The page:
Monday, February 05, 2007
Scenes from a diner
Time sits still
Pompano Beach, Florida, December 2006 [Click all images to enlarge]
The diner is as classic a component of American culture as you're ever likely to find. Even though these places pay homage to a time that existed long before my wife and I were born, our kids somehow connect with the diner experience. They come by it honestly: When we first moved to London, we found a place called the Five and Diner on a cold and lonely night in a lonely new town. Our then-two-year-old son made himself at home that night and never quite let go of the place.
After a few years, the restaurant closed and eventually reopened as a high-end Italian eatery. Our burg no longer has anything like it, and our now-12-year-old son still looks back at the vanished diner with fondness. Some things you just never forget.
So when we had an opportunity to go to a diner, Ronnie B's Taste of the 50s, with my in-laws, we jumped at the chance. We knew the kids would love being there, and it would be one of those simple experiences that they'd be able to hold onto long after the warmth of their time in Florida had faded.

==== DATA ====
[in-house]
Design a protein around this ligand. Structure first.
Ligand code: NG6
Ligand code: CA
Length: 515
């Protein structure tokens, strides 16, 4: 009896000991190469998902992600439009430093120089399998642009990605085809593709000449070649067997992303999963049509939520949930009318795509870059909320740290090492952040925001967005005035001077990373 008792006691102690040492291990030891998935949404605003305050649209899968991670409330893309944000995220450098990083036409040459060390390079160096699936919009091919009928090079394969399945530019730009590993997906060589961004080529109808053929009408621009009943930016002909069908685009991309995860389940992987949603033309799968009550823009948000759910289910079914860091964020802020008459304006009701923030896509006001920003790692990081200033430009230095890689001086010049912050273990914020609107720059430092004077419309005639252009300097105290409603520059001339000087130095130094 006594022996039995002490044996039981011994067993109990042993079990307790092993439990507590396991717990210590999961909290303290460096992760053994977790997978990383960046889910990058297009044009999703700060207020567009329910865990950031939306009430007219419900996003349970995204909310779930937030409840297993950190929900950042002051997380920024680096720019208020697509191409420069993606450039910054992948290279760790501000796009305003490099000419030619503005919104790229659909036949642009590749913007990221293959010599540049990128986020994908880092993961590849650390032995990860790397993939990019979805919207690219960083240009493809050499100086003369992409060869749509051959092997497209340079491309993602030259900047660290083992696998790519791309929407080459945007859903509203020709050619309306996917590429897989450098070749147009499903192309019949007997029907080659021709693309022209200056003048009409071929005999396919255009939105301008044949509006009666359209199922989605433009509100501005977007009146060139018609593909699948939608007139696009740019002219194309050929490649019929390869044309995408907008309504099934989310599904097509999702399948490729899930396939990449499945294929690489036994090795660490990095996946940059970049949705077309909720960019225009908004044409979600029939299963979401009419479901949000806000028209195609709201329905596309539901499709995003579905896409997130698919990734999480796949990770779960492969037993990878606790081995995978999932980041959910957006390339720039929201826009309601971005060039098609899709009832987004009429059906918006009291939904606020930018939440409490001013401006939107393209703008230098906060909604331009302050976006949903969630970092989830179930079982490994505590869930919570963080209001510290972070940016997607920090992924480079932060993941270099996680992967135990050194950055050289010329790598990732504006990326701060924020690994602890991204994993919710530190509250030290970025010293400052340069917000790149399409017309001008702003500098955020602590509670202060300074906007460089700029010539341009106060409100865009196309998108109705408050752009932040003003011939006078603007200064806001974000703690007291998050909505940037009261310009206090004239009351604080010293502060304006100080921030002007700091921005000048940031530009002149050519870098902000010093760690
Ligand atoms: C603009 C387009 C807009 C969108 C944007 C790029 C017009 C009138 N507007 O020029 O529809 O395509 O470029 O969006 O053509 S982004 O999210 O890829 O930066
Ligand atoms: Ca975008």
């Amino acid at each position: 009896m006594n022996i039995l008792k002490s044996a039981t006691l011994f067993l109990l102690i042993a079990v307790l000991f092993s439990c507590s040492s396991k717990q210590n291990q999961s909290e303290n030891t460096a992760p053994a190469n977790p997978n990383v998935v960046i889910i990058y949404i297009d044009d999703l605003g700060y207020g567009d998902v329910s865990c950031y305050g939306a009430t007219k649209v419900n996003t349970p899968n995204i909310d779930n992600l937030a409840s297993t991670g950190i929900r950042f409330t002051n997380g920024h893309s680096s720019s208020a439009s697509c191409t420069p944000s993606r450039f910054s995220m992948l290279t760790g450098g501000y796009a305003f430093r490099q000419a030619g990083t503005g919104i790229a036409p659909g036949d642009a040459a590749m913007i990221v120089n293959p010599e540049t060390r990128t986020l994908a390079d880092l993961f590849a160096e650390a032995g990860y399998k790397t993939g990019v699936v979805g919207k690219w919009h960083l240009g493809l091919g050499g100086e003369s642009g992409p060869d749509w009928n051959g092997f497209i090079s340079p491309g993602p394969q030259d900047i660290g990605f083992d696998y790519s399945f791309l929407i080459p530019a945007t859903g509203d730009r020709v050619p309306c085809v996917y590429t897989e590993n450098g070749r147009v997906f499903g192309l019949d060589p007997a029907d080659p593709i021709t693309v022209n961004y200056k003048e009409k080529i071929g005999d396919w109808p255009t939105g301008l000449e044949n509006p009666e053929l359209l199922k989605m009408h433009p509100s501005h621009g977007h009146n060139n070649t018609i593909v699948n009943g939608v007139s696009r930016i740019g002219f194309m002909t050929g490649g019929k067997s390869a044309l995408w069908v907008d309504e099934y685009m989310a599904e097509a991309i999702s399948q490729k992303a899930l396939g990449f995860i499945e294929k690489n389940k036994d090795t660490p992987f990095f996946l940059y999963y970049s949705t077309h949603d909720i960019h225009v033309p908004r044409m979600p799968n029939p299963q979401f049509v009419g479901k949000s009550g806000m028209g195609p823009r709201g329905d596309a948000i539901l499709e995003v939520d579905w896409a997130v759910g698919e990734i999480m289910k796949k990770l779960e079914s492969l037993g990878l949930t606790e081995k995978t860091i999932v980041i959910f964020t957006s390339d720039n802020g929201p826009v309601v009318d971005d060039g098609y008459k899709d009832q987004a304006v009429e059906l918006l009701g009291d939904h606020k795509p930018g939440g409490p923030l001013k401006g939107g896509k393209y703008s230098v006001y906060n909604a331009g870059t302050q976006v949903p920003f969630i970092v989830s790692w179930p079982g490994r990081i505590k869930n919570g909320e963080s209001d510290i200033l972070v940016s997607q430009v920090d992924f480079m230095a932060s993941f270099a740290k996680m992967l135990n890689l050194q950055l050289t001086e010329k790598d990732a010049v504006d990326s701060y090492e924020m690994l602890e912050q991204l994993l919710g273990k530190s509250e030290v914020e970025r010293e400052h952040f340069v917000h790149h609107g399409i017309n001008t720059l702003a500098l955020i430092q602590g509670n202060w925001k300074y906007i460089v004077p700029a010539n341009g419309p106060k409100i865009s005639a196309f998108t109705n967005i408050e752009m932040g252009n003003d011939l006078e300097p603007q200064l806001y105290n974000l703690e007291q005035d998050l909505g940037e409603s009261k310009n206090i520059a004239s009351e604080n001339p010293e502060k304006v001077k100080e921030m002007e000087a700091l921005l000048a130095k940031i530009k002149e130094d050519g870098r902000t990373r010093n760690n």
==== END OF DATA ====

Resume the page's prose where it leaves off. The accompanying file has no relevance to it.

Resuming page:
I quietly took pictures as we waited for our meals to arrive. Joy was our server, and I'll remember her for her near-militant insistence that adding fluoride to municipal water systems is the work of the devil. I forget how we ended up on the topic, but before long she was bringing a binder full of research to the table for us to read. Weird, I know, but in an endearing way. Would you ever have such an experience at a Burger King? Didn't think so.
As I snapped away, I tried to capture the feel, the soul of the place. Diners are all about colors and textures that are no longer part of the modern palette, and I often wonder what it is about this particular era that drives these powerful and long-lived images. Between the pastel-colored vinyl seats, brushed chrome chairs and formica-topped tables, curved and frosted glasses, ubiquitous neon and endless posters on the walls, it was difficult to tear my eyes away from this unique place. I guess I've got a nostalgic soul, because it seemed comforting - this despite the fact that I never experienced the era in the first place.
Maybe we all wish we could go back to a seemingly simpler time. Maybe we view places like this as oases from a world that seems to become more frenetic with each passing day. Where we can return for a simple meal in a homey place, and friendly service from folks we won't soon forget.
Whatever the draw is, I can't wait to go back. Neither can our little folks.
Your turn: '50s nostalgia. Please discuss.